EMT Dysregulation Promotes the Most Aggressive Variant of Sarcomatoid Bladder Cancer - Expert Commentary

Sarcomatoid urothelial bladder cancer (SARC) is an aggressive histological variant of bladder cancer. It is associated with early distant metastasis and poor survival rates. Understanding the molecular characteristics of SARC will lead to improved clinical outcomes.
A new article published by Guo et al. in Cell Reports studied the molecular basis for the aggressive nature of SARC. The authors included 28 SARC cases and 84 conventional urothelial carcinomas (UC) in the analysis, using 408 muscle-invasive bladder cancers from the Cancer Genome Atlas (TCGA) cohort as a reference.

It was found that SARC showed a distinct mutational signature with a significantly higher frequency in TP53, PIK3CA, and RB1 mutations in comparison to conventional UC. Expression analysis revealed that SARC is characterized by a low mRNA expression levels of the luminal genes. This suggests that SARC likely evolves from a UC basal subtype precursor. Additional molecular analysis revealed that SARC can be further subdivided into epithelial-basal and mesenchymal 'double-negative' subtypes.

The investigators conclude that SARCs are characterized by an epithelial-mesenchymal transition (EMT) permissive state. Complete EMT is seen in the clinically aggressive mesenchymal subtype. Interestingly, half of SARCs exhibited an expression signature associated with immune cell infiltration and a significant increase of CD8+ cytotoxic lymphocytes.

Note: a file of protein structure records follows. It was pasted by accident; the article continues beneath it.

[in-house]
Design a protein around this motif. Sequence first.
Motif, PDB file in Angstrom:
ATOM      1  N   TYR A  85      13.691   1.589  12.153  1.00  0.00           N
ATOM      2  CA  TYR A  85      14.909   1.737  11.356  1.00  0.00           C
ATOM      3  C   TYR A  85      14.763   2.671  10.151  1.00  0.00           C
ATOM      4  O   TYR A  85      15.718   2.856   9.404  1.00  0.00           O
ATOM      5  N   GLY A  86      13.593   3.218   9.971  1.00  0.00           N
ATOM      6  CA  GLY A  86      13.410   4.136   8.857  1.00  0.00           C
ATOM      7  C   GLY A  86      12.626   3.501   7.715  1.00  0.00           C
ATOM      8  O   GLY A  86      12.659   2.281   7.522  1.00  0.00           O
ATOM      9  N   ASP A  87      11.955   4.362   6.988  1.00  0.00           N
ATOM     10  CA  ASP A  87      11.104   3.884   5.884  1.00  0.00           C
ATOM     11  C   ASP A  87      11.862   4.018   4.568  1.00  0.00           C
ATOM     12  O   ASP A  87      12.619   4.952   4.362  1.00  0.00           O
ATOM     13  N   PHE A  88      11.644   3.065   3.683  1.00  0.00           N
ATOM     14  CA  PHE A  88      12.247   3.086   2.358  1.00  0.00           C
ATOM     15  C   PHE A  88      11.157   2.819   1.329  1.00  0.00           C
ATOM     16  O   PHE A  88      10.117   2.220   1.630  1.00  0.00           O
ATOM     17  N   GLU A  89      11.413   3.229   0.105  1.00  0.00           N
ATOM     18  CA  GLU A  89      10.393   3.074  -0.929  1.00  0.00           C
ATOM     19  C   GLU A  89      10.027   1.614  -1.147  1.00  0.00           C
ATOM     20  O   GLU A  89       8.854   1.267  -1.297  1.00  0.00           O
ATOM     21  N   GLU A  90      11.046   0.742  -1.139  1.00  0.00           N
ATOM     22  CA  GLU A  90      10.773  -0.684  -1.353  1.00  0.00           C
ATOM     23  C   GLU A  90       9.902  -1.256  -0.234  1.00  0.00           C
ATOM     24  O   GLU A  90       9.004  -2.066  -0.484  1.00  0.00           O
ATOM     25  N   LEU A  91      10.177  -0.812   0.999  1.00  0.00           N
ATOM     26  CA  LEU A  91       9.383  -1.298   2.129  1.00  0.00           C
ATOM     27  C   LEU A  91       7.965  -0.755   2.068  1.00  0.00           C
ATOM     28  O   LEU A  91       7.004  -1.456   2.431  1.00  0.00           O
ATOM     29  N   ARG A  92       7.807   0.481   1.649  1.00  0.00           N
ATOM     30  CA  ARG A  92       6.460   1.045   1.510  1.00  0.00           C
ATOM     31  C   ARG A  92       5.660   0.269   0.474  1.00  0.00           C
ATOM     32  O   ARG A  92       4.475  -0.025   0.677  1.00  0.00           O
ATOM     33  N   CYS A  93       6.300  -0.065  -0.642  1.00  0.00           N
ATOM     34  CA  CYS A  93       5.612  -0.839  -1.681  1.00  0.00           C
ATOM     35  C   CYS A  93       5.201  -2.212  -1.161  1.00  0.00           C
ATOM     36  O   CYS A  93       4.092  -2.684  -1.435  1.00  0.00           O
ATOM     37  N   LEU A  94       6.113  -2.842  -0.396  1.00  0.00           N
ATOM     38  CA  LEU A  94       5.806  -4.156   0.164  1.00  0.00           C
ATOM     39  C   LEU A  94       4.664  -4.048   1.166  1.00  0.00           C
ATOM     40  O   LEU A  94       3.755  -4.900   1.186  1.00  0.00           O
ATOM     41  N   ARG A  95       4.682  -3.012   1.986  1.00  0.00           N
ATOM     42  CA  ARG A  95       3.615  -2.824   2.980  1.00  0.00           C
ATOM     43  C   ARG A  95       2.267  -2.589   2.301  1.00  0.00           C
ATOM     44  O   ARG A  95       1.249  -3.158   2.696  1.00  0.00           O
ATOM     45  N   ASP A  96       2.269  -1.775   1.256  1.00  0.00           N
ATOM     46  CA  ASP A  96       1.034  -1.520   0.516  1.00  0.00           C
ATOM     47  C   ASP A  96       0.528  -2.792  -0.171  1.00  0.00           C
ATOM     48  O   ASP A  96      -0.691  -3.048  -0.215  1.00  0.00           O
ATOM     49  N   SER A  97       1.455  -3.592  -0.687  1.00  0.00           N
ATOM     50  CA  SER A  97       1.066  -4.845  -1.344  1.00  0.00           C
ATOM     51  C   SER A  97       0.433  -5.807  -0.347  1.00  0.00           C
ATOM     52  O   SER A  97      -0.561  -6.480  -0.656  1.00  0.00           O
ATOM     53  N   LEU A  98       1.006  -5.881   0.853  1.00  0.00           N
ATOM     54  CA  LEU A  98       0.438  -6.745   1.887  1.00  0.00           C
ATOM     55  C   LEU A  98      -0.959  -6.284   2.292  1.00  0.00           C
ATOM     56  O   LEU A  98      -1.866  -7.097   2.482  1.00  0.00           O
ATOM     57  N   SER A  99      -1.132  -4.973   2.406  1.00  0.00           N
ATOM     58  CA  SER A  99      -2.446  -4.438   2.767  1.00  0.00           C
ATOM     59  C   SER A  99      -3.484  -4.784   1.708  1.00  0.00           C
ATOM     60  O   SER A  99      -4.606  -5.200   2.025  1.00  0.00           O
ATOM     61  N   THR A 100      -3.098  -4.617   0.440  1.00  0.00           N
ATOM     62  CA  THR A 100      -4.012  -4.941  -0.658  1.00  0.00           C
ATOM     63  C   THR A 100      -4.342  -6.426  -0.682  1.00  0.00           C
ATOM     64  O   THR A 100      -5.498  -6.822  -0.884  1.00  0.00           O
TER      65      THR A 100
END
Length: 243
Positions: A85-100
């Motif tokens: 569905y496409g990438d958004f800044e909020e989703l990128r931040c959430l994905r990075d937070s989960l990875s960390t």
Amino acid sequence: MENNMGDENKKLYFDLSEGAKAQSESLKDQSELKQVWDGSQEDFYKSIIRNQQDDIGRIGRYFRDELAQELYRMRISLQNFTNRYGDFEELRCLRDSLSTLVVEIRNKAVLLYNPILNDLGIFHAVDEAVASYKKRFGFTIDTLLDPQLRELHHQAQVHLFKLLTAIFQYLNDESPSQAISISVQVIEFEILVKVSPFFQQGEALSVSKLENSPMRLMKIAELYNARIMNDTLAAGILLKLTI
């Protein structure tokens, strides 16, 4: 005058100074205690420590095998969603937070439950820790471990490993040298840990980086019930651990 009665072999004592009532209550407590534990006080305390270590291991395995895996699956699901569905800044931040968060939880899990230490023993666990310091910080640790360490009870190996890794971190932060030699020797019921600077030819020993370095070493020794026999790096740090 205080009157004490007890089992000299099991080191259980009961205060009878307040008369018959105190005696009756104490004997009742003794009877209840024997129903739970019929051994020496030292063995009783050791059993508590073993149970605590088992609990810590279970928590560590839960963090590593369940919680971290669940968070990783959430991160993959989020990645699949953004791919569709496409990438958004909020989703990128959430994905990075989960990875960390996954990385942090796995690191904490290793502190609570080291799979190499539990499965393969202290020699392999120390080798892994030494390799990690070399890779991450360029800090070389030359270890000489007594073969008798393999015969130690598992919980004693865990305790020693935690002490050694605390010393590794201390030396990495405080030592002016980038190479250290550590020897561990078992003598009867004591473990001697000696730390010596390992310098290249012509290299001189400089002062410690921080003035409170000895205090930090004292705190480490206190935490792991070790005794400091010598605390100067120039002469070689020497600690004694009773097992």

This important study describes the molecular features of SARCs. Understanding the defining characteristics of each bladder cancer histologic variant is required for the development of effective therapeutic strategies.

Written by: Bishoy M. Faltas, MD, Director of Bladder Cancer Research, Englander Institute for Precision Medicine, Weill Cornell Medicine, New York City, New York


1. Guo, Charles C., Tadeusz Majewski, Li Zhang, Hui Yao, Jolanta Bondaruk, Yan Wang, Shizhen Zhang et al. "Dysregulation of EMT Drives the Progression to Clinically Aggressive Sarcomatoid Bladder Cancer." Cell reports 27, no. 6 (2019): 1781-1793.

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